Every so often, car manufacturers upgrade a vital component to the system, and GM (General Motors) was no different. For ten years, GM used the 700R4 transmission in most of their model lines. The 700R4 was a 3-speed transmission that relied on hydraulic pressure to activate gear changes. By the time that the 1990s rolled around, technological advances were being made in the world of solenoids and ECUs. In 1992, GM realized that the 700R4 was showing its age and limitations compared to other manufacturers and model lines. A change had to be made to keep up with the competition and to stay ahead of the technological curve. After many drafts and tooling redesigns, GM introduced a major game-changer later on in 1992, the 4L60-E transmission. For a complete list of models the 4L60-E transmission appeared in look here, https://reman-transmission.com/transmission-codes/?code=4L60-E.
The 4L60-E was a 4-speed transmission that marked a new era for the long history of General Motors. For the first time in its history, the 4L60-E was the first transmission that used ECUs and solenoids to activate shifts. This change brought many benefits to the production of these transmissions as it cut down on the production costs and the GVW (Gross Vehicle Weight) of the transmissions themselves. Another plus of these new transmissions was that the failure rates were cut down drastically compared to their predecessors due to less moving parts inside the housing.
The ECU inside the housing of the 4L60-E also improved performance and fuel efficiency due to the control unit constantly monitoring data as the car drives. The ECU deduces the right shift points at optimum times within the acceleration cycle of a gear, this limits fuel consumption and transmission wear. General Motors chose the model name 4L60-E due to it being a 4-speed (4L) and having a 6,000 pound GVW (60E). This naming scheme is not new to GM as they’ve traditionally named model line names in the past due to these idiosyncrasies that are unique to General Motors.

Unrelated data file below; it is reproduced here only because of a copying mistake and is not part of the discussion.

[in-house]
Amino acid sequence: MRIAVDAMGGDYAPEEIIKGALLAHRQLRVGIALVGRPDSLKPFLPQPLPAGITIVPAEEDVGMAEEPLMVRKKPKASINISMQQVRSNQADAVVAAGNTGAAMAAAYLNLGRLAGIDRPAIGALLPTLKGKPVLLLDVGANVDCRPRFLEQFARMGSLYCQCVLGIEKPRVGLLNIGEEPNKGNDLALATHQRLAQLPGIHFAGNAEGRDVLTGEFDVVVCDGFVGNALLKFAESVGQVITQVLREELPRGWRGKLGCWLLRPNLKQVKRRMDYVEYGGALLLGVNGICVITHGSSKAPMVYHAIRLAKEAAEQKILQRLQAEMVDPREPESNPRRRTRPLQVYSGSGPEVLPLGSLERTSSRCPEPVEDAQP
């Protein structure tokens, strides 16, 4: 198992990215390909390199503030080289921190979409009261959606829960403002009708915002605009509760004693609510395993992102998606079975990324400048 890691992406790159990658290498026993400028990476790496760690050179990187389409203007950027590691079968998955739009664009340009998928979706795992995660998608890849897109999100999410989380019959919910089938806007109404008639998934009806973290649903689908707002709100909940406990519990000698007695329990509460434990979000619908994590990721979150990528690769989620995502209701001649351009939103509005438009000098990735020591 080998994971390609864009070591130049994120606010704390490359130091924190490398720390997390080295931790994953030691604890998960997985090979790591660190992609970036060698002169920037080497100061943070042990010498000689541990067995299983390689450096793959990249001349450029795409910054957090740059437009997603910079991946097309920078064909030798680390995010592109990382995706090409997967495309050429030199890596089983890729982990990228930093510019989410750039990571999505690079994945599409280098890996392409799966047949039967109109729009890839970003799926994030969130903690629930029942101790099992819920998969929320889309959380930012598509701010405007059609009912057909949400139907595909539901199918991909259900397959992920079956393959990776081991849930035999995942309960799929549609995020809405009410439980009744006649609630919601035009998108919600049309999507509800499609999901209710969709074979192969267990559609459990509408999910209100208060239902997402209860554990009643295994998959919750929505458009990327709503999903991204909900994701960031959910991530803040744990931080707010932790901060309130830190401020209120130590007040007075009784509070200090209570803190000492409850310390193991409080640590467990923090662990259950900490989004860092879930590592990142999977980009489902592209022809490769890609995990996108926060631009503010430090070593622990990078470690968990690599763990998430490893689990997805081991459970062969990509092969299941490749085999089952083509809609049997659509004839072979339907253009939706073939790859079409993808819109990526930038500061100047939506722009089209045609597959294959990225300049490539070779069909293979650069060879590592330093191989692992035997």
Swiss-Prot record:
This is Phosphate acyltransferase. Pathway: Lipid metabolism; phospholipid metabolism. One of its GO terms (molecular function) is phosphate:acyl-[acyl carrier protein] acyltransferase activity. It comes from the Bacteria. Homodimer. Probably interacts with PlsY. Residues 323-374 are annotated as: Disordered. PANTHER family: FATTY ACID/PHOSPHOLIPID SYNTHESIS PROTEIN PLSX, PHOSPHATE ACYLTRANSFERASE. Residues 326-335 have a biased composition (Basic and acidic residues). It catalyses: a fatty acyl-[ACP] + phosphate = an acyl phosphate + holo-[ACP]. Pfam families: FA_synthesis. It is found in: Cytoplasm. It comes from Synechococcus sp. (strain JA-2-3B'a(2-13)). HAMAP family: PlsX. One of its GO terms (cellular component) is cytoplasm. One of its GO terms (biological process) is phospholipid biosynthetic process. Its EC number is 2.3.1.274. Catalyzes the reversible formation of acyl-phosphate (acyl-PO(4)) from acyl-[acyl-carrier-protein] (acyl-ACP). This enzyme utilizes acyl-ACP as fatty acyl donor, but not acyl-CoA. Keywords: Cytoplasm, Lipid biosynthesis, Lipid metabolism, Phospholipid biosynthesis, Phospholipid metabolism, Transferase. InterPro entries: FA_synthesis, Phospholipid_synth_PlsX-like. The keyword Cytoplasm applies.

The 4L60-E was very popular within General Motors as they installed it in many of their popular model lines. These models include: GMC Yukon, GMC Sierra 1500 & 2500, Chevy Silverado, Chevy Suburban, and the Chevrolet S-10 pick-up truck. GM also made versions of the 4L60-E for their higher-end performance line of cars such as the Chevy Impala SS, the Chevy Camaro, the Chevy Corvette, and the Pontiac Firebird.
General Motors used many variations of the 4L60-E (over 60 of them!) on a wide range of cars under the GM umbrella. These variations went through three generations of updates and slight changes to the design of the transmission. The last GM vehicle to use a 4L60-E transmission was the GMC Savana / Chevrolet Express cargo van in 2013. In the early 2000s, the 4L65-E transmission was phased into production with the Cadillac Escalade line and was further used in the GMC Denali line and the H2 Hummer in the mid-2000s. Unfortunately, all good things must come to an end and the next line of transmissions (6L80 / 90 line) for GM was introduced in certain GM model lines in the late 2000s. Technology will always move on to the next latest and greatest thing, but the 21-year legacy of the 4L60-E will always live on in Detroit.
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